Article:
China, Italy, Denmark, Germany and now Iran are among the countries tentatively allowing bookstores to re-open as lockdown rules are eased, but we’re still a long way from any return to pre-pandemic bookstore life, if such a thing is even attainable anymore.

The Iran shutdown of almost two months hit the Iranian publishing sector hard, although specific figures are hard to come by.

Seyyed Abbas Salehi, Minister of Culture and Islamic Guidance, reported last week that the Covod-19 crisis, which hit Iran earlier than most of the world, cost the art and culture sectors around $230 million, but offered no specific breakdown for books.

With 83,000 cases and 5,200 dead, Iran started out the second hardest hit country after China, but a strict lockdown implemented early helped flatten the curve, while west European countries and the US surged ahead.

As this post goes live Iran is still seeing almost one hndred deaths a day from Covid-19, but as elsewhere in the world, it is slowly re-opening the economy, starting with low-risk economic activities such as bookstores.

It’s not clear if there are any specific restrictions other than to observe the standard health protocols in place, but each store will need permission from the Health Ministry before serving the public again. Any bookstore owner that does not get prior approval faces prosecution.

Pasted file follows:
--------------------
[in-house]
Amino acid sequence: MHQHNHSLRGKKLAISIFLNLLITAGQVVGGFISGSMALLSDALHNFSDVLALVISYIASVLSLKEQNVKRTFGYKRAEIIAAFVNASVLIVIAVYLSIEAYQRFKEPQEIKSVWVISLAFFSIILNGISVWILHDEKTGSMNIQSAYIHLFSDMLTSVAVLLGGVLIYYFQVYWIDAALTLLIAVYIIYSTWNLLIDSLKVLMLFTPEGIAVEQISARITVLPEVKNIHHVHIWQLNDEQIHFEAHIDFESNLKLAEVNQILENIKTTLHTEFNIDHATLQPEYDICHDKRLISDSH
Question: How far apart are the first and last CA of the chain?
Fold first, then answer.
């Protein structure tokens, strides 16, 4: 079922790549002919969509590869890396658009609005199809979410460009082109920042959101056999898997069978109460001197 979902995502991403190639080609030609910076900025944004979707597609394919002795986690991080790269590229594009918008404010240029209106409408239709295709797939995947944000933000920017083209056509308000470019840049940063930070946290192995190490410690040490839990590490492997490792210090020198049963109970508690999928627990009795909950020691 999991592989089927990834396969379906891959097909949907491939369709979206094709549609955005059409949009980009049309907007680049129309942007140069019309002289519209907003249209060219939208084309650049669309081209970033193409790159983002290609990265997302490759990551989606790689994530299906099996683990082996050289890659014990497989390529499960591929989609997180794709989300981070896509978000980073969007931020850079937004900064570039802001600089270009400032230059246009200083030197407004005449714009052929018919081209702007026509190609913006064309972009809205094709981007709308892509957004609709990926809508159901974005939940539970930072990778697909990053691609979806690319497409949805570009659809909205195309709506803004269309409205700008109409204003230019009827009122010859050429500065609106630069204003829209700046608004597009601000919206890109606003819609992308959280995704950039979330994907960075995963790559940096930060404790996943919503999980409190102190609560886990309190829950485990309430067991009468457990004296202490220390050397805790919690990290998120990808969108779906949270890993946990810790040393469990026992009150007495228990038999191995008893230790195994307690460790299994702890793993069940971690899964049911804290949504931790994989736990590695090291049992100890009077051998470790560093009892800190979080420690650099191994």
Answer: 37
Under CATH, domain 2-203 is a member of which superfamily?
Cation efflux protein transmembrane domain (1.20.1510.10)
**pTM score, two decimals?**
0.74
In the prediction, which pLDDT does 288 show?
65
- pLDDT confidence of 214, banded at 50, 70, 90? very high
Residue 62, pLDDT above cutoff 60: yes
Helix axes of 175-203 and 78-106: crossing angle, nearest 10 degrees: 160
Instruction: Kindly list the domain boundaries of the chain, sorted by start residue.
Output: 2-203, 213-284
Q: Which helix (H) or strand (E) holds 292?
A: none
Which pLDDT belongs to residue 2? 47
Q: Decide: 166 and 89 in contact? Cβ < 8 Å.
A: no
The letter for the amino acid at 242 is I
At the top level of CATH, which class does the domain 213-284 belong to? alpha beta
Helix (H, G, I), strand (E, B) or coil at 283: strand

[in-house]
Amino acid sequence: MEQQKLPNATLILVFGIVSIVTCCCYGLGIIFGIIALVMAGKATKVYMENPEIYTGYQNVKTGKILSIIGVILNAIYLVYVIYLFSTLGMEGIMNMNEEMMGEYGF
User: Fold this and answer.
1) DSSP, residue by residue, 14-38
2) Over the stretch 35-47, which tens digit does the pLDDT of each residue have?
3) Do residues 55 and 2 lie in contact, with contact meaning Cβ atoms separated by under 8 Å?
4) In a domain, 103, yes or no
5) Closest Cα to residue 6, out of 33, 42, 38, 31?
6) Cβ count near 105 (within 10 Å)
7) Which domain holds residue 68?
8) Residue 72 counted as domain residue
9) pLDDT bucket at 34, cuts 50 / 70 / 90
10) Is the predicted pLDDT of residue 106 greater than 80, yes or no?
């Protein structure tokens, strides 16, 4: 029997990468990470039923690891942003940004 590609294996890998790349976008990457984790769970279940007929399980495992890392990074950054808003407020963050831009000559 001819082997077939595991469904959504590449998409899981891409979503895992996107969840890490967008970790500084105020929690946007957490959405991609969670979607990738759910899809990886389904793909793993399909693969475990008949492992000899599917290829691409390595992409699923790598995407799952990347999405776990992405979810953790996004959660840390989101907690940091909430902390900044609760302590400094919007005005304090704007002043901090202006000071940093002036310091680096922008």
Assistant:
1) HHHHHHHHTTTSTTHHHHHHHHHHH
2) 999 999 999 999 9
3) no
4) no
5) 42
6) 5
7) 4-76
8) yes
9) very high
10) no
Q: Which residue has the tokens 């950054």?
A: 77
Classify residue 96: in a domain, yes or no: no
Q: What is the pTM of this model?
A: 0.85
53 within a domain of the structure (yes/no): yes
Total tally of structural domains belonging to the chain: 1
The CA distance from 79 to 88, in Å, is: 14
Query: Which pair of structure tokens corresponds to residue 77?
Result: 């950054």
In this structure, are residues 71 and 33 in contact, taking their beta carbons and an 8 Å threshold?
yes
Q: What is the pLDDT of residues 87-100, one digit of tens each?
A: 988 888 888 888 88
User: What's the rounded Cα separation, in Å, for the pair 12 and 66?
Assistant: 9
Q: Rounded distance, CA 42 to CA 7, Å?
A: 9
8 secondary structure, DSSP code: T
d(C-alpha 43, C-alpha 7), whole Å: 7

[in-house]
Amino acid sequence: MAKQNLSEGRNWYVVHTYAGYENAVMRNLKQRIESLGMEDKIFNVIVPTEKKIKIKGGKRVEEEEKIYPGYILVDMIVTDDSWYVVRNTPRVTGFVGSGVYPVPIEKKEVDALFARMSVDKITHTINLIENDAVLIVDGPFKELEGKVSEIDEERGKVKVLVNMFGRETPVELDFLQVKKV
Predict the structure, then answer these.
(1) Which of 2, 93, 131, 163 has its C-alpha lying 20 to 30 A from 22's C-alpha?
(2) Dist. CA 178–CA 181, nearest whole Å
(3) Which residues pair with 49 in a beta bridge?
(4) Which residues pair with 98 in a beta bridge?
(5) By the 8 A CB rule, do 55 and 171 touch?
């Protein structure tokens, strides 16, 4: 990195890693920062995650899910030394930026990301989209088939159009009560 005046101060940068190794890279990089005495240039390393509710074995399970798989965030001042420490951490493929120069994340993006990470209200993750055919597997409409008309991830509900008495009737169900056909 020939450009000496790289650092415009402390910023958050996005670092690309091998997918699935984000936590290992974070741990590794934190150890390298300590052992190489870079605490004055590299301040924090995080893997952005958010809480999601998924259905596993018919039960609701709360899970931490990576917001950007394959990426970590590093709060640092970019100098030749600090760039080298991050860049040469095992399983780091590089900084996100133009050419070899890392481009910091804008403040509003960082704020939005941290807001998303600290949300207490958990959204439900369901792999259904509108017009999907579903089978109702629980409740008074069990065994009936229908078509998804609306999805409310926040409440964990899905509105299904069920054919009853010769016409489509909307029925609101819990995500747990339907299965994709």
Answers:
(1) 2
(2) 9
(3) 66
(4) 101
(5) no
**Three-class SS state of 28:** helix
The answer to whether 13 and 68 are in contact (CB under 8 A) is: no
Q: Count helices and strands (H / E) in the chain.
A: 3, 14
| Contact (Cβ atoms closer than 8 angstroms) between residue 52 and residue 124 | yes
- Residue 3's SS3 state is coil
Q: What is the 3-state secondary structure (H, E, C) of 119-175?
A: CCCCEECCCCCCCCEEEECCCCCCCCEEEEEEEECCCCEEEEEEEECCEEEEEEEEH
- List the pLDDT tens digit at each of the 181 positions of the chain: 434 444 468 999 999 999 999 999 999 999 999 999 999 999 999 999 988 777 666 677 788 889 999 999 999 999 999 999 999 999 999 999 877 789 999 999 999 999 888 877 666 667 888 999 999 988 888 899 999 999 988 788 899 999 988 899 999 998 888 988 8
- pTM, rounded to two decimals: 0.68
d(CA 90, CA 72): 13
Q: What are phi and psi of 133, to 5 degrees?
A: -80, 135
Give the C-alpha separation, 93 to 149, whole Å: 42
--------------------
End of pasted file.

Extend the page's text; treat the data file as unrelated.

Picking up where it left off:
As the Tehran Times notes,

The shutdown of bookstores following the spread of COVID-19 across Iran pushed many people into using online stores offering audiobooks and e-books.

There are two main ebook stores in Iran and as reported here at TNPS, the largest, Fidibo, saw a 4-fold increase in downloads as lockdown began.

Fidibo in 2018 launched the world’s first Persian-language ereader. The store carries about 41,000 ebooks and audiobooks.

While consumers will no doubt welcome the news that bookstores are reopening, it’s likely most will be wary of heading to bookstores for a while yet given the still high numbers dying each day, and roughly 1,000 new cases being reported every day.

The light at the end of Iran’s coronavirus tunnel may be shimmering on the horizon, but difficult times will continue a long while yet.